Like many states, New York prohibits public accommodations—businesses that provide goods and services to the general public—from discriminating based on a variety of protected characteristics, including sexual orientation. Emilee Carpenter, a photographer in southern New York, objects to marriages between same-sex couples on religious grounds. In April 2021, seeking to discriminate openly against same-sex couples who need wedding photography, Carpenter filed a lawsuit challenging New York’s antidiscrimination law.
The state filed a motion to dismiss the lawsuit in June 2021, and Americans United filed an amicus brief in support of the state. In December 2021, the district court ruled in favor of the state and dismissed the lawsuit. The court explained that Carpenter’s freedom-of-religion arguments lacked merit because New York’s antidiscrimination law does not target religious objectors but instead prohibits all sexual-orientation discrimination in public accommodations.
Carpenter appealed to the U.S. Court of Appeals for the Second Circuit. In May 2022, Americans United once again filed an amicus brief supporting the state, arguing that the right to freely exercise religion does not give Carpenter an entitlement to discriminate based on sexual orientation, that New York’s law does not coerce Carpenter into participating in religious activities, and that laws prohibiting discrimination by public accommodations are vital to ensuring religious freedom for all. If public accommodations were free to discriminate on religious grounds, countless New Yorkers could be turned away by photographers, bakers, restaurants, and more simply for being the “wrong” religion. Such a result would stifle religious freedom, not support it.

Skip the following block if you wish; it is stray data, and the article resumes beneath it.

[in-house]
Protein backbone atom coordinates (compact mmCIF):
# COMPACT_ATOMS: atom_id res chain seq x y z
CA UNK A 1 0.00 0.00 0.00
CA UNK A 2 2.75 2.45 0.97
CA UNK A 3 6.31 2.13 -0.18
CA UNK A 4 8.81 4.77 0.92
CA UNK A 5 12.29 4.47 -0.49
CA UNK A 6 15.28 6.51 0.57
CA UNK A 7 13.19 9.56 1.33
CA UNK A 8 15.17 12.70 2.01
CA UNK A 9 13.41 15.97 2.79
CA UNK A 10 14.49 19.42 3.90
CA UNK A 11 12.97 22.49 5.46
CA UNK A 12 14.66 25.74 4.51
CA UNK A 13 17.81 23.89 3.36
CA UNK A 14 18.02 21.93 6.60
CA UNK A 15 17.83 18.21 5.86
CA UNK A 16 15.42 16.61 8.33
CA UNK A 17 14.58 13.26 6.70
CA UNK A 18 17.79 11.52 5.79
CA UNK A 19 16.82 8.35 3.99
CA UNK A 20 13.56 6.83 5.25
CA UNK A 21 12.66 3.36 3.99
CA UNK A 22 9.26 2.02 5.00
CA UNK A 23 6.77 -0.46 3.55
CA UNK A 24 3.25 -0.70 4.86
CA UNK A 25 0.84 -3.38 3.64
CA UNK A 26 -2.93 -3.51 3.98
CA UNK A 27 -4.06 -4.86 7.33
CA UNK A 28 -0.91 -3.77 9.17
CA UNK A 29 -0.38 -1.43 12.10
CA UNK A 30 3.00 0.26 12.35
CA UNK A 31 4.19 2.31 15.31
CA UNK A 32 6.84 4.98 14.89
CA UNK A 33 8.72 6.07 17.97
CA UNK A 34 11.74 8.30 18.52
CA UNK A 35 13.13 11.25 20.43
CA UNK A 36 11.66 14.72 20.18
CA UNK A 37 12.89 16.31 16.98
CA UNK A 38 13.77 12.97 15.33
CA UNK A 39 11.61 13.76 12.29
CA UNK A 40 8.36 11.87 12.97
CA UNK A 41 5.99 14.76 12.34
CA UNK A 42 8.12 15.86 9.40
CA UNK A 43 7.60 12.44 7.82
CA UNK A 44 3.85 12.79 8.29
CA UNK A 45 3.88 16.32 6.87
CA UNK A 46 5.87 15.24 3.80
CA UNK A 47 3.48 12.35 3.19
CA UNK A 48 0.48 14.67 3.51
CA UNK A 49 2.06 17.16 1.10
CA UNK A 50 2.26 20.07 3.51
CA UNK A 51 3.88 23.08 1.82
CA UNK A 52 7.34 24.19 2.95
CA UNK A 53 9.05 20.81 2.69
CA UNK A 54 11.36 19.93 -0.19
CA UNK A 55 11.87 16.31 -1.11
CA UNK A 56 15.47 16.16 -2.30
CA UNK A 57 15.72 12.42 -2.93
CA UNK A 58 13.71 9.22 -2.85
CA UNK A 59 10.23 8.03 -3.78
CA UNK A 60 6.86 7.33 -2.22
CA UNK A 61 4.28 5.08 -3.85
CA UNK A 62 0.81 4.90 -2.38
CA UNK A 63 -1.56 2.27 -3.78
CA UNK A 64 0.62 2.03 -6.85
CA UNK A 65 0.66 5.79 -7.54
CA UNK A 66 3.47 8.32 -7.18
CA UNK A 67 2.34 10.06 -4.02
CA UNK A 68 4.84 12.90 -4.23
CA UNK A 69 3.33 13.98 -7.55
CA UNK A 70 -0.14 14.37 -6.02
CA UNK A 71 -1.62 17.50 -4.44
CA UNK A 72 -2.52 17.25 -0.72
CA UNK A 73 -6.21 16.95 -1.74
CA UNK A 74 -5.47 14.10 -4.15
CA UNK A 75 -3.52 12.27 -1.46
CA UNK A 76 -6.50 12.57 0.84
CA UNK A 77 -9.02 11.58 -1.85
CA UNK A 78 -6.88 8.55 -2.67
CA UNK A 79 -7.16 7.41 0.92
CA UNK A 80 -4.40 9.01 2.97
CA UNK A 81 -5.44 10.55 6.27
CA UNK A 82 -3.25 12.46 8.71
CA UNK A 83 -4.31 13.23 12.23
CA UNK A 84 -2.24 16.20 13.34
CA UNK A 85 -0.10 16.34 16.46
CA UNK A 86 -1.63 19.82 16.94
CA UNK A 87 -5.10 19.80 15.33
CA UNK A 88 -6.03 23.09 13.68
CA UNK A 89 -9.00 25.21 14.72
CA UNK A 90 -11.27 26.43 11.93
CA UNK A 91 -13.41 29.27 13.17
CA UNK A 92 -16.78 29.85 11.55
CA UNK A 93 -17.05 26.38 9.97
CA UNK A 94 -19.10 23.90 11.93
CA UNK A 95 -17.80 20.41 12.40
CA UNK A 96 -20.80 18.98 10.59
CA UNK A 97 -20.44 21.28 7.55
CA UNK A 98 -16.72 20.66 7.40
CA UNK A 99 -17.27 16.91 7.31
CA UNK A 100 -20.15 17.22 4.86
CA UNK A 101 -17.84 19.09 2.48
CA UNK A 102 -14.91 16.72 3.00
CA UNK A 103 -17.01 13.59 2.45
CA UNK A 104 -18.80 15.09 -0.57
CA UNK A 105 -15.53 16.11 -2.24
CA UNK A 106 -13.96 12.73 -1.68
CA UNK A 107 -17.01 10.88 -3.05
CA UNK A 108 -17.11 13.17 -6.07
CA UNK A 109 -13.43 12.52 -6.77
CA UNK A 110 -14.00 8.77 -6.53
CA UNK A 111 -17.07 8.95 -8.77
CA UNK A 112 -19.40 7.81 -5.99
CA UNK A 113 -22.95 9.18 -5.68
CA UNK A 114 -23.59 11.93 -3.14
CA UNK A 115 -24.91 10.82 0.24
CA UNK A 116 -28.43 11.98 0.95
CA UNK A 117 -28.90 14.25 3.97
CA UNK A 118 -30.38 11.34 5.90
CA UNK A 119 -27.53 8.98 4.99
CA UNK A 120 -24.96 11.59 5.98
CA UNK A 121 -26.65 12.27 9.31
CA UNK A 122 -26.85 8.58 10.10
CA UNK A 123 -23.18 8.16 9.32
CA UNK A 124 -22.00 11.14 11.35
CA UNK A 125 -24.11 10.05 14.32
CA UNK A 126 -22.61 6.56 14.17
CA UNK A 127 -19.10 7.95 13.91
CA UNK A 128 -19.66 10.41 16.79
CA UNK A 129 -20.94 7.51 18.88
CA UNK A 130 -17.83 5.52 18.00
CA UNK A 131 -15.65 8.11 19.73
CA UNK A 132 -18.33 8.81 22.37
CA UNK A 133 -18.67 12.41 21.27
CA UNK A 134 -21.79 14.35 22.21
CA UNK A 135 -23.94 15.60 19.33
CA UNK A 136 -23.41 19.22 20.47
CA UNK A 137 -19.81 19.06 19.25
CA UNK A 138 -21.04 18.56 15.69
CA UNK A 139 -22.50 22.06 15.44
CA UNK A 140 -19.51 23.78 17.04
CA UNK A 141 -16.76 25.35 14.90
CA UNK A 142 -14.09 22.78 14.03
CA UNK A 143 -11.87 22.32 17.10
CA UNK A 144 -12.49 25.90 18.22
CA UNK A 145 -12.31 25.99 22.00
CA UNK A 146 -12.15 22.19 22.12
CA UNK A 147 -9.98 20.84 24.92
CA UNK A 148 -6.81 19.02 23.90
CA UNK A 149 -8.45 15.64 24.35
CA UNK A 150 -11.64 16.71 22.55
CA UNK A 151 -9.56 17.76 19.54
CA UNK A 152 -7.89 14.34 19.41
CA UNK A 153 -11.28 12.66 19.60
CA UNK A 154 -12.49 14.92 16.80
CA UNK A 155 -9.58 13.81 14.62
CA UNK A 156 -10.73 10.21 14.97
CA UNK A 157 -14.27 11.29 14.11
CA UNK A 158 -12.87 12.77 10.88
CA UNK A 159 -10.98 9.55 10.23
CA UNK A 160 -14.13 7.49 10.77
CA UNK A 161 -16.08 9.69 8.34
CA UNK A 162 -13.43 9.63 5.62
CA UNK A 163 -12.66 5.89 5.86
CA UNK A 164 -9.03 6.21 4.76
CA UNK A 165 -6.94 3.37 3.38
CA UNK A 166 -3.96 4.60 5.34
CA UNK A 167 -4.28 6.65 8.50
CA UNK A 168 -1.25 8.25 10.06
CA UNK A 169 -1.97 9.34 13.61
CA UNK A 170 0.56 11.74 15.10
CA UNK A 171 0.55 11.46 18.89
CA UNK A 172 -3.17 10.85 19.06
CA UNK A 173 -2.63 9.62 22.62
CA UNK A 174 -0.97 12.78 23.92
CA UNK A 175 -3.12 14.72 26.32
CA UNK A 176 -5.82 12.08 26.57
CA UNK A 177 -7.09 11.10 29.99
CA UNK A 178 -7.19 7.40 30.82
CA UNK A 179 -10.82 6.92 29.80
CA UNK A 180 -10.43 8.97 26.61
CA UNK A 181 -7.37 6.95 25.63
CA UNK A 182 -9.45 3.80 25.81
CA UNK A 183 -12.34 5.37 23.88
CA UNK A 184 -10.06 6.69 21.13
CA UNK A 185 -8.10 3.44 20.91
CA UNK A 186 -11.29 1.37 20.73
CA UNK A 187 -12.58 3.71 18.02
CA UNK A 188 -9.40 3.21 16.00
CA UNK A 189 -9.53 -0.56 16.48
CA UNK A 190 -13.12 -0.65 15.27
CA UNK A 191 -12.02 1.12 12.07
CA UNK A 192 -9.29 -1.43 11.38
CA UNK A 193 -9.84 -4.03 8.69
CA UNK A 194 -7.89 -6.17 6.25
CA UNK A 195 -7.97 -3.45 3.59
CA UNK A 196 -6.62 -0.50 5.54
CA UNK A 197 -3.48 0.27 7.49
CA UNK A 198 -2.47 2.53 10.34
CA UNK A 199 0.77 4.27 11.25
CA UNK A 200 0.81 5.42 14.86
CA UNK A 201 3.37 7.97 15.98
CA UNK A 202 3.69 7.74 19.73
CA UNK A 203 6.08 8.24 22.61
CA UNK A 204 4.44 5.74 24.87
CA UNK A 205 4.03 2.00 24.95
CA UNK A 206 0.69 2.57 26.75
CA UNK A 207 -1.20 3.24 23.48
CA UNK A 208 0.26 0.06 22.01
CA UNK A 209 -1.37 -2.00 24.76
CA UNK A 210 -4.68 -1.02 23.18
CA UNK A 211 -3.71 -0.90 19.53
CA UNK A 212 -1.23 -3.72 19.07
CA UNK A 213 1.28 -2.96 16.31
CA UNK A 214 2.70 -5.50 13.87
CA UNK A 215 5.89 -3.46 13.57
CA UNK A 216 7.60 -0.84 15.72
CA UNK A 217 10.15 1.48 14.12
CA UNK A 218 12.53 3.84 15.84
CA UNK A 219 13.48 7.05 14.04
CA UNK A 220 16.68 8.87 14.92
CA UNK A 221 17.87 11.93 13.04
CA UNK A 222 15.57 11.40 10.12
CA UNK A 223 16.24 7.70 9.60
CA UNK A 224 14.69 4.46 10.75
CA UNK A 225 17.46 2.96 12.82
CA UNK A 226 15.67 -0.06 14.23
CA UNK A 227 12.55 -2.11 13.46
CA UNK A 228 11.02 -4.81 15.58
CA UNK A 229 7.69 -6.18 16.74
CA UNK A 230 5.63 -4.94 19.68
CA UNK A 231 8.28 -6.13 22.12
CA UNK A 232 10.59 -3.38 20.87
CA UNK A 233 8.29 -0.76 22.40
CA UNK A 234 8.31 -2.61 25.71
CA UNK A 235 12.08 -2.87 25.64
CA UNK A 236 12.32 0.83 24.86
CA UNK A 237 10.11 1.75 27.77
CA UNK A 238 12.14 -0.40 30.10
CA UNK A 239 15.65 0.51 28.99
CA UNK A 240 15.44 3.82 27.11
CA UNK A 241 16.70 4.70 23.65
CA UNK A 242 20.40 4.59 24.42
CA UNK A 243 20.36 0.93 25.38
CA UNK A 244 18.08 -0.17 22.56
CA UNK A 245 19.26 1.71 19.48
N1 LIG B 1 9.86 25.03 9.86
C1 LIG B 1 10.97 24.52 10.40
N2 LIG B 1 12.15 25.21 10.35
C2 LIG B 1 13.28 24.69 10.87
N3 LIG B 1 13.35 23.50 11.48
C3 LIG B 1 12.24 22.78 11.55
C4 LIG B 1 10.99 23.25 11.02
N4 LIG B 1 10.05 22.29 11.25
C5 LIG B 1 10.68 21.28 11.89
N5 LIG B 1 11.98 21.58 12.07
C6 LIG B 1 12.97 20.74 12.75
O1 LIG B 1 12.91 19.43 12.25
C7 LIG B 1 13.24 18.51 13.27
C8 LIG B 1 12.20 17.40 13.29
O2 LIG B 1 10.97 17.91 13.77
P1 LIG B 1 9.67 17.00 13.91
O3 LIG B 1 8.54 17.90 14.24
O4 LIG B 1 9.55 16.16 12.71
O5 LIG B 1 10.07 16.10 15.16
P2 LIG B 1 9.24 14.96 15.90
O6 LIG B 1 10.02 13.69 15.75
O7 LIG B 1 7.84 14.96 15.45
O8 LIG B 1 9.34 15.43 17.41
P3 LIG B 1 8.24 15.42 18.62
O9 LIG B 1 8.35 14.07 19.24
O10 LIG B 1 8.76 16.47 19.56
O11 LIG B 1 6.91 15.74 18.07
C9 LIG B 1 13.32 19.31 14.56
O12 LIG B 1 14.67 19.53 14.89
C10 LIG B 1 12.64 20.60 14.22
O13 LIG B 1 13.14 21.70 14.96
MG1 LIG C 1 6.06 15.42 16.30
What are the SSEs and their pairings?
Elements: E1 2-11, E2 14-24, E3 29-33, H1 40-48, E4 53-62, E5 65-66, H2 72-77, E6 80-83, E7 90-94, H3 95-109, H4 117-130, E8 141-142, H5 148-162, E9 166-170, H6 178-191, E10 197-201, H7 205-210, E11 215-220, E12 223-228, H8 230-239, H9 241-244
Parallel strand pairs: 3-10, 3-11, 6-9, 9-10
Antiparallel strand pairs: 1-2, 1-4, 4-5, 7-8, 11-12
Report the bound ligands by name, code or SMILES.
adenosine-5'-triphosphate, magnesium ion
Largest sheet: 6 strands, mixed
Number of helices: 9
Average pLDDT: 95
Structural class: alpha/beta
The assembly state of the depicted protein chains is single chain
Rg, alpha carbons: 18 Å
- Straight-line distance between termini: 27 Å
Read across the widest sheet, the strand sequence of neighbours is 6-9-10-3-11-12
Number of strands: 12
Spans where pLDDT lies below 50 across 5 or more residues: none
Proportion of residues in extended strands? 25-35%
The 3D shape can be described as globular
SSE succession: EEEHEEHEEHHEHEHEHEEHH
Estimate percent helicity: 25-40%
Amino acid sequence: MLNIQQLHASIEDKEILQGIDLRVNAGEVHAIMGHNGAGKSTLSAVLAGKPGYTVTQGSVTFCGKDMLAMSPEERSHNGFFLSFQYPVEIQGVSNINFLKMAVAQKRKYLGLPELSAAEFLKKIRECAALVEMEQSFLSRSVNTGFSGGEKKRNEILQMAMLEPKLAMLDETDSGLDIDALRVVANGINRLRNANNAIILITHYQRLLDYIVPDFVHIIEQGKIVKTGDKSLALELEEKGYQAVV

Carpenter’s appeal is currently stayed until the Supreme Court decides a similar pending case, 303 Creative v. Elenis.